I think IF I were to go without non-wood heat again, it would have to be in the right place - our house doesn't have a way to block off the room that has the fireplace, nor is the fireplace really meant to heat the house - apparently, it's a "for pretty" fireplace, with all the smoke AND heat going up the chimney. I think I'd have to have those living with me on the same page too - it's hard enough keeping our house under 60 w/ my dear hubby's moanin', groanin', and whinin'. :-P

--Erika

debra said...

it cracks me up that when we choose to go without heat through the winter (granted, like allie i live in houston so our winters are rarely anything to complain about), my neighbors give me the "poor you" looks and talk about how hard we must have it. look, if spending time cuddled under a blanket with my daughter and the dog, reading stories and enjoying cups of hot cocoa and tea is having it hard... the kids all know that come october we drag out the extra blankets, they pull their mattresses into my room and we start sleeping in one room with the dogs. is there a down side? my bathroom is like a freezer and showering for work is no fun. other than that, we spend more time together and outdoors (the same as when we leave the a/c off in the summer) and take part in more activities than when we used to keep the house at 72 degrees year round. the upside? i'm not paying through the nose to heat the house and we can better use that money the rest of the year.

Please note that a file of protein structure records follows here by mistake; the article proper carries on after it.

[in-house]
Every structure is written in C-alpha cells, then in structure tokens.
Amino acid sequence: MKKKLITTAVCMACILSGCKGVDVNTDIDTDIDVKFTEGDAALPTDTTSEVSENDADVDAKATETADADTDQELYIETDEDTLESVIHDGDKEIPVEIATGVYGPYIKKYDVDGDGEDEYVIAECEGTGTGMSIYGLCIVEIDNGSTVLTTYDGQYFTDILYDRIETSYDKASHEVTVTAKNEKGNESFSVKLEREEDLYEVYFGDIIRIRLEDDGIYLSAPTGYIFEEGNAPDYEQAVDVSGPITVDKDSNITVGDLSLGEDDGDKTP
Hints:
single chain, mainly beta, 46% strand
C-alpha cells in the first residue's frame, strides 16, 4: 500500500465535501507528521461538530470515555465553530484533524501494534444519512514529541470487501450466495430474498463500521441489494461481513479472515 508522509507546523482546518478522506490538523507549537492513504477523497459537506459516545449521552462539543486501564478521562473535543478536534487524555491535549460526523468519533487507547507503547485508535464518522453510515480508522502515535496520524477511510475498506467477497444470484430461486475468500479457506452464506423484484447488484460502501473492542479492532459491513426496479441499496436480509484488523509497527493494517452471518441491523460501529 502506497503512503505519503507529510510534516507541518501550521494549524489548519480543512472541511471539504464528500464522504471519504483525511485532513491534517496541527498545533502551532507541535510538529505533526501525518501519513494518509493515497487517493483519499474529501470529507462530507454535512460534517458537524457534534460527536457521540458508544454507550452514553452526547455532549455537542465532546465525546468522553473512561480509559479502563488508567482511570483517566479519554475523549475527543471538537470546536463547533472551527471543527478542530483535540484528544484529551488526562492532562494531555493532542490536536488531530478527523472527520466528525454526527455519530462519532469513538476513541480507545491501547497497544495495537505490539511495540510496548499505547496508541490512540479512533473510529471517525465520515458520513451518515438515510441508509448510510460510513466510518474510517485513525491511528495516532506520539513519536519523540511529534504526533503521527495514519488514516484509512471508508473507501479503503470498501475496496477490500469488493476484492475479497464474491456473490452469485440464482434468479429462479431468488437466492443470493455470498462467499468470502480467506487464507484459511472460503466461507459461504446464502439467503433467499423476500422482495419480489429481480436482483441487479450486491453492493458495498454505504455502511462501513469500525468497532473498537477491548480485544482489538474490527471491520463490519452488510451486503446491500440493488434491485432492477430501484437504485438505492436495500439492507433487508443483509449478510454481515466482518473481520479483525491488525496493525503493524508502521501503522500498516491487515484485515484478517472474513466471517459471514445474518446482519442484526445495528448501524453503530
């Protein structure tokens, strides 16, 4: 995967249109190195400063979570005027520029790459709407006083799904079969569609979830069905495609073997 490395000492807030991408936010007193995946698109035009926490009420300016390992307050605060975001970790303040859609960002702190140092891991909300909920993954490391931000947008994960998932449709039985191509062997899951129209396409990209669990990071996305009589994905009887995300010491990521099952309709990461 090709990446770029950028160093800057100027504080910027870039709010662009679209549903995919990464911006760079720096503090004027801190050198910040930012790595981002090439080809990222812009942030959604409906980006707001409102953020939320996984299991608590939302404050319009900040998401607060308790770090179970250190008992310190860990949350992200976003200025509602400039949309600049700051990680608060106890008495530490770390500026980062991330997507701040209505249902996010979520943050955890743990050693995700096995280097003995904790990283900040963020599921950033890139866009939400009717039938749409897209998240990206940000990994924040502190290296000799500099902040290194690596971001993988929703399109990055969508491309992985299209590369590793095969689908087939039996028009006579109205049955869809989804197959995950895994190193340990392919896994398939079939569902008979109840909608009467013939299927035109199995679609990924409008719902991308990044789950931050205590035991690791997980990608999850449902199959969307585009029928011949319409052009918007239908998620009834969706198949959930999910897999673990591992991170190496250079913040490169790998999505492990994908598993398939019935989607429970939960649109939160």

Allie said...

Debra,

We get the same looks of pity, and people are constantly asking me why we don't make the landlord fix the heater (he doesn't even know it's broken). I'm happy to save the money!

My boyfriend is still not on board with a completely A/C-free summer (though I'm on board with not enduring another year of summer electric bills), but last year I got him up to 80 (from 76 the year before), so this year I'm shooting for 84 or so. We have a couple fans so it should be fine.

Fr. Peter Doodes said...

Ask ABC to interview anyone who lives on the street CC. I work with some that have and I don't know how they survive at all, mind you, some don't.

Joules said...

@ Allie, we're in Houston in a similar situation. Our electric bill was *insane* in December - figured something is wrong with the heater or our rental house is old and just that leaky (which is possible). So we ended up lazy and just never called to have the heater looked at. It's been an interesting experiment... jumping jacks and hot tea in the evening seem to work, keeping a small dog at the foot of the bed at night helps, too. It *sure* has made me appreciate the great weather we've had this weekend. Guess it's all relative - spring is going to be extra-awesome this year.

Allie said...

Joules,

I'm with you about the hot tea, though usually I have it in the morning when it's coldest. I can't stand exercise though, so on the very coldest days I just shower the night before, plunk my clothes for the next day under the covers with me, and I change in bed. It's much more comfortable than the horror of cold tile floors!

I can't wait for spring, though I"ll be sad when summer comes along. That heat is just something I'll never get used to.